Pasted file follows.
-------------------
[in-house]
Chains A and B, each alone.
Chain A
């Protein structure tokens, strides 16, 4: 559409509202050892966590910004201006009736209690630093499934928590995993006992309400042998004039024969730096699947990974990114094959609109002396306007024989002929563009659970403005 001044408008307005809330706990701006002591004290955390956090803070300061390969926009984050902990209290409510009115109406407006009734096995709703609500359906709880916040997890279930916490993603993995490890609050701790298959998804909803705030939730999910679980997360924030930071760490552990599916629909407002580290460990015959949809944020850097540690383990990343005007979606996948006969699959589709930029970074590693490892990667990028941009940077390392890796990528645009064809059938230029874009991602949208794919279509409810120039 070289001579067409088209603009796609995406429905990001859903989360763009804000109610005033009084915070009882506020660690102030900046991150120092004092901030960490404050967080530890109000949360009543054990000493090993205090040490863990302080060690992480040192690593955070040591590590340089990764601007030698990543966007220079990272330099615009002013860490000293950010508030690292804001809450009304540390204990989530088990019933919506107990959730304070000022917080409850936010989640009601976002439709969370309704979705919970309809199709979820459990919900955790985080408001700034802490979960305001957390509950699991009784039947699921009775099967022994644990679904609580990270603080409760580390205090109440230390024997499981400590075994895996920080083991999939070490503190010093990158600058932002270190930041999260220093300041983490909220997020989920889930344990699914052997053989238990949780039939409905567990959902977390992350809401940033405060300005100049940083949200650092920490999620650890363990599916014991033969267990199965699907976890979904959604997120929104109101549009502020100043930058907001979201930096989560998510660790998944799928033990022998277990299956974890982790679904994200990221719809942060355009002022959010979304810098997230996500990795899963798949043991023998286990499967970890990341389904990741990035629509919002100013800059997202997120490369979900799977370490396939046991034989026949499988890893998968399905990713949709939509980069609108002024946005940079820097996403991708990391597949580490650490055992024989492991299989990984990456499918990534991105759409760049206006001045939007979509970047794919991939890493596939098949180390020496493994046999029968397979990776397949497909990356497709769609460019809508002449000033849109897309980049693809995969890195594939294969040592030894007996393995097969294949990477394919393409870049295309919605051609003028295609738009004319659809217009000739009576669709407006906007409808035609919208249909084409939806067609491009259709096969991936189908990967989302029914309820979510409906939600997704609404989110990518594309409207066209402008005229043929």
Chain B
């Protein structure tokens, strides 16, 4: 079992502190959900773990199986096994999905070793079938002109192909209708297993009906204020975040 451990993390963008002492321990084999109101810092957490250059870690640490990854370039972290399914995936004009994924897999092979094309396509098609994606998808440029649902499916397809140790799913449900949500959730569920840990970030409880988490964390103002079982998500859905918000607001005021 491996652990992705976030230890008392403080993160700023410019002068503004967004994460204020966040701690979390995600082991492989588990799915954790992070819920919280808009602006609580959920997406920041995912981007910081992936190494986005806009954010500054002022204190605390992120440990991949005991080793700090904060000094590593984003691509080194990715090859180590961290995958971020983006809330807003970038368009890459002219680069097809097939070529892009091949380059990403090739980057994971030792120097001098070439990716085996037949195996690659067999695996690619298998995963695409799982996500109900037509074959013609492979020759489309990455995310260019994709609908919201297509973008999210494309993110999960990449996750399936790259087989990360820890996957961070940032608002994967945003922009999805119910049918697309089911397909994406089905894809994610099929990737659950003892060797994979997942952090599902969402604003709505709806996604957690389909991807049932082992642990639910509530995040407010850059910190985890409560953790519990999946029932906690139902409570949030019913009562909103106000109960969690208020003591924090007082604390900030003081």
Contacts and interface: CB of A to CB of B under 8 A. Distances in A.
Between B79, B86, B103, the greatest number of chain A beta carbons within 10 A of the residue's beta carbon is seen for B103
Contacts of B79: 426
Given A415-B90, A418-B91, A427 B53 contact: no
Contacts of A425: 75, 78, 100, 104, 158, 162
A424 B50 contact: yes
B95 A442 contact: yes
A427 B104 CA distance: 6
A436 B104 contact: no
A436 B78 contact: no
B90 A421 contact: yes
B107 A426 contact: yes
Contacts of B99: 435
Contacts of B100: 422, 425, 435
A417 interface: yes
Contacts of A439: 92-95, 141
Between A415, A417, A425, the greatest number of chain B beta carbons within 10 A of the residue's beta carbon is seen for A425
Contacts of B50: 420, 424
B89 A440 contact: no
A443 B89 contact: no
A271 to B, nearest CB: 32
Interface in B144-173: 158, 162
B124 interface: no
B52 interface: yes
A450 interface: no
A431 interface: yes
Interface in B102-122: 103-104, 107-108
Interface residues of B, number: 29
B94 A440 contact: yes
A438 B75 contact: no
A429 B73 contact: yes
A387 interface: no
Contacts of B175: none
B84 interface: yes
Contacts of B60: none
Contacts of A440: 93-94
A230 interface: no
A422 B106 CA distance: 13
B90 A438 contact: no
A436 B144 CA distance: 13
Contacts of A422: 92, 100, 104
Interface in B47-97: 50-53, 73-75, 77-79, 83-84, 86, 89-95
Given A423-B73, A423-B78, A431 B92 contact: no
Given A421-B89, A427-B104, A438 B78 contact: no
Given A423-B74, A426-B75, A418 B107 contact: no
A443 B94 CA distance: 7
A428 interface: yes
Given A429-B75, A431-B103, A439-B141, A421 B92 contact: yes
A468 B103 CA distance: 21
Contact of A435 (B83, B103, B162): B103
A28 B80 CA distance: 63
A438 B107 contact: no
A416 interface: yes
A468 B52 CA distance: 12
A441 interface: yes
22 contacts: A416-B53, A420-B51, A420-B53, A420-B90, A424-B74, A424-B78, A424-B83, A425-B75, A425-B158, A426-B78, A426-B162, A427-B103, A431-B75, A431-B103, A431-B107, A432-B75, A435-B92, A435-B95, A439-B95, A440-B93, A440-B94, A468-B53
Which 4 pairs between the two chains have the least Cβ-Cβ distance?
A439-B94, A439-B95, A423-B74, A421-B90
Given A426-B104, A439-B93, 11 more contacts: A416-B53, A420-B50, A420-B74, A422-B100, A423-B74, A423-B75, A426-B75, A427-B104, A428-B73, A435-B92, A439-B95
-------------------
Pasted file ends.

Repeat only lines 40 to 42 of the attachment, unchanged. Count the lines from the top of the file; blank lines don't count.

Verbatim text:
B84 interface: yes
Contacts of B60: none
Contacts of A440: 93-94